Mr. Eberling took a seat in a large chair. The two servants stood in the back of the room, equally eager to hear what’d happened.

“You’ll be disappointed,” Flint began, trying to speak more slowly and carefully than usual, the way he heard Mr. Eberling speak, “It hasn’t been anything exciting. I’ve just been travelling place-to-place getting work where I can find it. I’ve been doing some construction, farm work, clearing land, and some mining work when I can find it.”

“Mining?” Mr. Eberling brightened up excitedly, “Now that’s my son. I worked in the belly of the mines myself too when I was young. There’s no way you can fully understand how to run a mining business, until you’ve spent some time working in them. I’ve always told you that, but you never listened, before. And now I find you’ve been working as a common miner all this time! So wonderful! But I must apologize for interrupting. Do go ahead.”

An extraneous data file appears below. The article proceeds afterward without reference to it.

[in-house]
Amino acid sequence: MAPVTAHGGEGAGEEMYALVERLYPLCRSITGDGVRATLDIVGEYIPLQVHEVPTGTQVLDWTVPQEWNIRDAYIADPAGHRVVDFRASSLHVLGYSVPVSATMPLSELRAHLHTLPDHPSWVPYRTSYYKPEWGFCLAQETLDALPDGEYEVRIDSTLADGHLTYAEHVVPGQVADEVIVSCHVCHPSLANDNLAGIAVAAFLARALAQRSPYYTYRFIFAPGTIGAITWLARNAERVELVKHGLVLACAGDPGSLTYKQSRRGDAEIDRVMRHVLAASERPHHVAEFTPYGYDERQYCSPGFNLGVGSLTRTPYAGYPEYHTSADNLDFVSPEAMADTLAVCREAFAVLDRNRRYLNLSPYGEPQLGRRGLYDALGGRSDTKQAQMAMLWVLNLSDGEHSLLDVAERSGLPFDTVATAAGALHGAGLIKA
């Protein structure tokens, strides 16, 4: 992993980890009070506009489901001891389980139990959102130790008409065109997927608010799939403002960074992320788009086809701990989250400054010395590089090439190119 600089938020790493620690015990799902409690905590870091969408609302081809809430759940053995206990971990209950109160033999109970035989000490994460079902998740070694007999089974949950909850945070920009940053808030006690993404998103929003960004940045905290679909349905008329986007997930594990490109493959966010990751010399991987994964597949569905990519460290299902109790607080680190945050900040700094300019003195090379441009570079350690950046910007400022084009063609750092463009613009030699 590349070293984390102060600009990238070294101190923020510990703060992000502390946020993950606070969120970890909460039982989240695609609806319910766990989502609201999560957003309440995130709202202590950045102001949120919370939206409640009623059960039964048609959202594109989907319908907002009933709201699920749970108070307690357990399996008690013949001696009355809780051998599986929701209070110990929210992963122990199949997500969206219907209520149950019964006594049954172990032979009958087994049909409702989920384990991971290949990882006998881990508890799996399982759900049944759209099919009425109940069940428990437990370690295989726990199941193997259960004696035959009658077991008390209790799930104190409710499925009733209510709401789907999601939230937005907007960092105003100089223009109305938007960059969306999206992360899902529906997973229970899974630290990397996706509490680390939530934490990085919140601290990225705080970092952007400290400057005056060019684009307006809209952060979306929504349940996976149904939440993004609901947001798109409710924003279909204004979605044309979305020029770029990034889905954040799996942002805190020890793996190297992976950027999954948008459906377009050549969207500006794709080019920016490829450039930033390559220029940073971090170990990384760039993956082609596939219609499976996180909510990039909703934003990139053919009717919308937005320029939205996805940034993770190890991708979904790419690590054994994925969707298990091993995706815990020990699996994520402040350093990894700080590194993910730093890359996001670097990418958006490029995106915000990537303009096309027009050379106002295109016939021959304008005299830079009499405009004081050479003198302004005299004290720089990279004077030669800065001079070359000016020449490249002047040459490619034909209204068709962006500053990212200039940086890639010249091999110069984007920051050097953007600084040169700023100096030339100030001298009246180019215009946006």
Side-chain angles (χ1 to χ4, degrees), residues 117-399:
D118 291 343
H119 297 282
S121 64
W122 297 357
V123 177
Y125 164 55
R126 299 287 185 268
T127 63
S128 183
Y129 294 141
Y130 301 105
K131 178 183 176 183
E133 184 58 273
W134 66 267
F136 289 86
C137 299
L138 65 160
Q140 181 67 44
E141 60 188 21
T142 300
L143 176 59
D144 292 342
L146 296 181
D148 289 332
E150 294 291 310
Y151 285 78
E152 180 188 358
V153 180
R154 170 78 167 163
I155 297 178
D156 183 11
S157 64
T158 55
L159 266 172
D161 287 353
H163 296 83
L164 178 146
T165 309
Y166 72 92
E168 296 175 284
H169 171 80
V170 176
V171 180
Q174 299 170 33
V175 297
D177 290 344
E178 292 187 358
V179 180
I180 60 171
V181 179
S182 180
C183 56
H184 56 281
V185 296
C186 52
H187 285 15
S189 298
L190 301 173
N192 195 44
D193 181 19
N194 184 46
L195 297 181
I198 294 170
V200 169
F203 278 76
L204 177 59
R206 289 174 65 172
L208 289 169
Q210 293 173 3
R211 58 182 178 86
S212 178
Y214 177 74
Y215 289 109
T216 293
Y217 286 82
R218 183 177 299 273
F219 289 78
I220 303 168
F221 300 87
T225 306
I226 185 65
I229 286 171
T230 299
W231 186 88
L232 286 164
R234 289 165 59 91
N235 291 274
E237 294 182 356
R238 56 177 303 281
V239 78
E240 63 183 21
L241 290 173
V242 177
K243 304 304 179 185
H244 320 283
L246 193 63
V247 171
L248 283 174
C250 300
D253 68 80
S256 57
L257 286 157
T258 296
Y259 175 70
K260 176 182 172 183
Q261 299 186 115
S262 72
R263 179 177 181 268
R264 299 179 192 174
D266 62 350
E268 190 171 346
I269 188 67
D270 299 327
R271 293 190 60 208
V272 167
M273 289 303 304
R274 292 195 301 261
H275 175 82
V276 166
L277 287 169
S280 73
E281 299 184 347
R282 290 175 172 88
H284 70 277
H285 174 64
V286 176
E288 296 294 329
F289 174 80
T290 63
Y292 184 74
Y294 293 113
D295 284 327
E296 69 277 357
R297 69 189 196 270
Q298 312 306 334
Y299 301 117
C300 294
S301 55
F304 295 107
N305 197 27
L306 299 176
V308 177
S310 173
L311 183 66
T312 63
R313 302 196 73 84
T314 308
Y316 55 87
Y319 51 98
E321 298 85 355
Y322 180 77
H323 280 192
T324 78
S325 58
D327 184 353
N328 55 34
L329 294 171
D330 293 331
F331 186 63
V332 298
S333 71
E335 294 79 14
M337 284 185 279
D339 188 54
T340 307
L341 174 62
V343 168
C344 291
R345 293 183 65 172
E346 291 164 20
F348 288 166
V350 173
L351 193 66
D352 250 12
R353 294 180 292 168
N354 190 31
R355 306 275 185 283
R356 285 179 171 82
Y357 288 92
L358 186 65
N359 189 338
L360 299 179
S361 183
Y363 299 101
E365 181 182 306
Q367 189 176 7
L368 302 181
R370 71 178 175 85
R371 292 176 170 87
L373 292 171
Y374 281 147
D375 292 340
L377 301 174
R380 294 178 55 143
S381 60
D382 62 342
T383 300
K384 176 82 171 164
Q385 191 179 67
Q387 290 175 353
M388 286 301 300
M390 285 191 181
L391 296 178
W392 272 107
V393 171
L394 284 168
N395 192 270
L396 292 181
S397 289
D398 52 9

“The mining wasn’t the worst work I’ve done. At least I didn’t have that blasted sun burning down on me, though it’s dreadful dangerous and toilsome,” Flint commented. He cleared his throat and continued, “I’ve been travelling by train, mostly. Seen many parts of this country. See, that’s why I wanted to go. To get out and experience things and see new places.”

“I could have sent you travelling, son,” Mr. Eberling rose from his chair, “You didn’t have to do it like that. You didn’t have to run away without telling anyone and for so long! Did you really need to spend so many years travelling? I don’t know whatever could’ve kept you, when you knew that you had a father here who loves you, and friends too, some of which aren’t going to be around forever. It was selfish of you!”

Flint looked up towards him intimidated and speechless. After a long silence, he said, “I know and I’m sorry. I know it was selfish. I had to do these things on my own, is all, get out and see things for myself. I ought to have come back sooner.”

Mr. Eberling took a deep breath, letting the anger be breathed out of him as he exhaled. “I’m unfortunately obliged to accept your apology,” He said, “So what exciting stories do you have for us, Jasper? Come now, you were always great at spinning a good yarn.”